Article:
On January 17, 1945, Wallenberg and his driver Vilmos Langfelder and a Russian escort left Budapest bound for Debrecen. Wallenberg stopped to stay goodbye to his friends and colleagues and he told Dr. Erno Peto that he wasn’t sure if he was traveling as the guest of the Russians or their prisoner. He thought he’d be back within eight days. He has been missing for 65 years.
Raoul Wallenberg’s Fate is Still Unknown
Raoul Wallenberg and Vilmos Langfelder never returned from Debrecen. Reliable witnesses reported that the NKVD, an organization that later changed its name to KGB, arrested them and they were sent to Moscow’s Lubjaka Prison and placed in separate cells.
The Russians have insisted that Raoul Wallenberg died in Moscow’s Lubjaka Prison on July 17, 1947, but for decades, inmates in various prisons in the Russian Gulag claimed to have seen him.
Did his native Sweden and his influential cousins make the same kind of larger than life efforts to save Raoul Wallenberg that he made to save Hungarian Jews?
The Swedish government acknowledged that it had responded little and late to the Soviet detention of one of its diplomats and it had missed several chances to win his freedom. In the 1990s, Hans Magnusson, the Swedish co-chairman of a ten-year investigation into the disappearance with the Russians, said that the "worst mistakes were done in the first two years." He said that the Soviets intimidated Sweden and Sweden was unwilling to challenge them.
In the mid-1950s, Sweden pushed Raoul Wallenberg’s disappearance more aggressively, and in 1957, Soviet Foreign Minister Andrei Gromyko sent the Swedish government a memo that said Wallenberg had died of heart failure in prison ten years earlier at age 34.
Over the years more testimony that Wallenberg was still alive came in and Stockholm periodically raised the issue with Moscow, but without results.
Wallenberg’s half sister Nina Lagergren says, "It is inconceivable. Here is a man sent out by the Swedish government to risk his life. He saved thousands of people – and he was left to rot."
On October 5, 1981, President Ronald Reagan declared Raoul Wallenberg an honorary U.S. citizen, but in late October of the same year when a Soviet submarine ran aground on the coast of Sweden Stockholm ignored a call from United States Congressman Tom Lantos, one of the Jews from Wallenberg’s safe houses, to trade its crew for answers about Raoul Wallenberg. Sweden towed the Soviet submarine into international waters.
The Russian Security Services and Prisoner No. 7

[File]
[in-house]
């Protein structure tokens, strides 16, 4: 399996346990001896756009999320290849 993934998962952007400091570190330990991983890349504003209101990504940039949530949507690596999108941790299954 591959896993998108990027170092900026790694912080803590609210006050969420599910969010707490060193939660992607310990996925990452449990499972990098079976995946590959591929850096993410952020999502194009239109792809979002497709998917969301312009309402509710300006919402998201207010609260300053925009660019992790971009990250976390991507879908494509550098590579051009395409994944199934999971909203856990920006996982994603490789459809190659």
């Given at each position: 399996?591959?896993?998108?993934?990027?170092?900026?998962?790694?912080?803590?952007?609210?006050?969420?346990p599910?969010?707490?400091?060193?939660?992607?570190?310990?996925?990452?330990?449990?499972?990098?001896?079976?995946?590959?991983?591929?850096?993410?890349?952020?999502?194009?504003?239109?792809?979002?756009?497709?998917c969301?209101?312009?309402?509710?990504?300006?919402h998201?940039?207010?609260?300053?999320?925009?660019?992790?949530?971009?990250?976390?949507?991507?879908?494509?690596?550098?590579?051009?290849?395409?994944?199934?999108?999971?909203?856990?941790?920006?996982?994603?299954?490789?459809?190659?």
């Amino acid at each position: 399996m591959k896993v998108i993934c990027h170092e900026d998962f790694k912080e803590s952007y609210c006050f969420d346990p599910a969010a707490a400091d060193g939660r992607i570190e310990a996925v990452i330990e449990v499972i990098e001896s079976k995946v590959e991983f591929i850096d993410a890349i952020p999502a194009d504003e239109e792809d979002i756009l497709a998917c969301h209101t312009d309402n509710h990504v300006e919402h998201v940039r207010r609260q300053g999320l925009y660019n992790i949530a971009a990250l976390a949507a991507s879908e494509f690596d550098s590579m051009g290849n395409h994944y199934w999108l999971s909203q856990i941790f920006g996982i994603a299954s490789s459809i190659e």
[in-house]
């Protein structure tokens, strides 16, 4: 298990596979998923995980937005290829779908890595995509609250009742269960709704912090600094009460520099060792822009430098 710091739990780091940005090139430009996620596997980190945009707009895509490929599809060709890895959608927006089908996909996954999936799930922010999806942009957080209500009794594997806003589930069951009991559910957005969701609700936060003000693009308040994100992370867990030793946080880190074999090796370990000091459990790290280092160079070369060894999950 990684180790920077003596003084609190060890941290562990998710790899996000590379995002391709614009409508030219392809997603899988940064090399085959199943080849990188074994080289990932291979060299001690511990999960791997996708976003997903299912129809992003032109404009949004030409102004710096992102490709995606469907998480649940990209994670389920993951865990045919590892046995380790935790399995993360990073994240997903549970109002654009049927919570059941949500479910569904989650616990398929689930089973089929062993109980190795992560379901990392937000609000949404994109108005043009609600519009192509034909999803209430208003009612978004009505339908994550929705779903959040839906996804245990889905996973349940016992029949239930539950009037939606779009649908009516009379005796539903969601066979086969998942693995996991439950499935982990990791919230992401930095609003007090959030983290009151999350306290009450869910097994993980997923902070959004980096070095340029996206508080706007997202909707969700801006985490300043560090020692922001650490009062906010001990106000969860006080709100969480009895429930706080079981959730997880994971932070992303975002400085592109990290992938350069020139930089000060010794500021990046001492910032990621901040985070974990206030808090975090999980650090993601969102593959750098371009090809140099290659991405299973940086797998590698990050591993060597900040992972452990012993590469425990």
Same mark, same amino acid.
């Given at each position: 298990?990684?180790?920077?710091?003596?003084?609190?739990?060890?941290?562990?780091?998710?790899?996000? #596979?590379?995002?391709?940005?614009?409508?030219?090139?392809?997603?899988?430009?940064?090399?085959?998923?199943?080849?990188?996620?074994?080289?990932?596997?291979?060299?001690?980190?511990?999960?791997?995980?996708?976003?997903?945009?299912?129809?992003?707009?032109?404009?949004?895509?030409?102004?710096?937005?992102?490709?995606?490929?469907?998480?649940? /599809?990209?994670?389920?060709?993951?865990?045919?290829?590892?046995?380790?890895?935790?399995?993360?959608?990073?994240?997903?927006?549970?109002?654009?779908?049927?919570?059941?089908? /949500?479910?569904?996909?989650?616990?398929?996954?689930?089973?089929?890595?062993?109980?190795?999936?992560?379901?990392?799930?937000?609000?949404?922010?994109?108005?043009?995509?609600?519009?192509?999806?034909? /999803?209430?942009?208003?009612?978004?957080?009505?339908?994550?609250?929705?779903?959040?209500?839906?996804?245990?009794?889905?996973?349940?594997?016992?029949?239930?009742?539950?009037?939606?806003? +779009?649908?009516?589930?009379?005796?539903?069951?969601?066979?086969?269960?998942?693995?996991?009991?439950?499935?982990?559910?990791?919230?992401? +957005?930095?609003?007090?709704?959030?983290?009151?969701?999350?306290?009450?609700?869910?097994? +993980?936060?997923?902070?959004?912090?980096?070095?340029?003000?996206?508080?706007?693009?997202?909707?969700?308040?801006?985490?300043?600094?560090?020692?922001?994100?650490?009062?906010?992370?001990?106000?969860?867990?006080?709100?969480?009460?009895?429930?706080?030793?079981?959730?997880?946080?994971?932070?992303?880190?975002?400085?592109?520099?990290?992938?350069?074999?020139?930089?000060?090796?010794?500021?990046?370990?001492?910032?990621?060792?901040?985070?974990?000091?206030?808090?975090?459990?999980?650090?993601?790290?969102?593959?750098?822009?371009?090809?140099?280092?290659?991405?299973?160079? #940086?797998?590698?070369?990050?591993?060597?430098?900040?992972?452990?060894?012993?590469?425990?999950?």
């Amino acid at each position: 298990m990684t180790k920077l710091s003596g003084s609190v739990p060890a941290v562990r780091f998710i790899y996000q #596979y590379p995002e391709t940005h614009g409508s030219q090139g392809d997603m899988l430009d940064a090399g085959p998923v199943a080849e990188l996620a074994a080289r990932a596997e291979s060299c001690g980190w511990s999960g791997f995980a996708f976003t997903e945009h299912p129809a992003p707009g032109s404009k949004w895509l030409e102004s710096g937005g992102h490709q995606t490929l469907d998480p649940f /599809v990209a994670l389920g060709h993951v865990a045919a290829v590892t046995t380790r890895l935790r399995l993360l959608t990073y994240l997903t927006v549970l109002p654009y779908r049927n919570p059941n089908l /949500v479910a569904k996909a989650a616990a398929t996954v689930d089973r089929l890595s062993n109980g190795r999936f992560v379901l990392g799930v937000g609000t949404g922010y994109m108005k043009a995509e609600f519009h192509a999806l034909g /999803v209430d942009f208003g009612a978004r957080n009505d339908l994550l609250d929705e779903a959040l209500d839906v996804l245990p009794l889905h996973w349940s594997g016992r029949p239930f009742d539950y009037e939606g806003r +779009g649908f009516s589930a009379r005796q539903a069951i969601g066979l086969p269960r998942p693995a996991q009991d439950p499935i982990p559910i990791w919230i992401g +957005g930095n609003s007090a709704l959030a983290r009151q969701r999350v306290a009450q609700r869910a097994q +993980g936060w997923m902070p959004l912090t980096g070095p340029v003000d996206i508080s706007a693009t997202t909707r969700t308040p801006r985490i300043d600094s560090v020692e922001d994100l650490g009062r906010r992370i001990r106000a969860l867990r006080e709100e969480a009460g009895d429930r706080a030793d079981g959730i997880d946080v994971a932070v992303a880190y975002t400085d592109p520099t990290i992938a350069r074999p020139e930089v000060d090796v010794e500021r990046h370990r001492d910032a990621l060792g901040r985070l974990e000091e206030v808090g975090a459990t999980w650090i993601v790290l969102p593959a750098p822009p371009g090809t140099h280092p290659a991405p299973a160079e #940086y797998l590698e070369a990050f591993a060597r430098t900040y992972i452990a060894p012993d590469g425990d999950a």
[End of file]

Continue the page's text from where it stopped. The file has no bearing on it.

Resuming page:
In April 2010, newspaper stories around the world, including the Swedish magazine Fokus, the Jerusalem Post and the New York Times reported that the Russian Security Services identified a man known as Prisoner No. 7 who was interrogated six days after Wallenberg’s reported death was "with great likelihood" Raoul Wallenberg. In November 2009, the Security Services had reported its findings to Susanne Berger and Dr. Vadim Birstein, members of a research team that conducted a 10-year investigation into Wallenberg’s disappearance in the 1990s. The reserachers informed Wallenberg’s relatives of the findings in a letter in which Berger noted that the information had to be verified in depth but if the informationw as confirmed it the news would be "the most interesting to come out of Russian archives in over 50 years."
Berger also quoted Tomas Bertelman, the Swedish ambassador in Moscow, as saying in a note to the head of the Russian archives in December of 2009, that if true, the report would be "almost sensational."
Like the fate of Raoul Wallenberg, the fate of the report about Prisoner No. 7 is still unknown.
Bierman, John, Righteous Gentile: The Story of Raoul Wallenberg, Missing Hero of the Holocaust, Penguin, 1996
Handler, Andrew, Raoul Wallenberg and the Hungarian State Apparatus, 1944-1945, Praeger, 1996
Linnea, Sharon, Raoul Wallenberg: The Man Who Stopped Death, Jewish Publication Society of America, Third Printing, 1993
Rosenfeld, Harvey, Raoul Wallenberg: The Mystery Lives on, Backprint.com,2005
Wallenberg, Raoul, Letters and Dispatches, 1924-1944, Arcade Publishing, 1995.
Sharon Zinnea. Raoul Wallenberg: The Man Who Stopped Death. Jewish Publication society of America, 1994.
Newspaper Story Links about Prisoner No. 7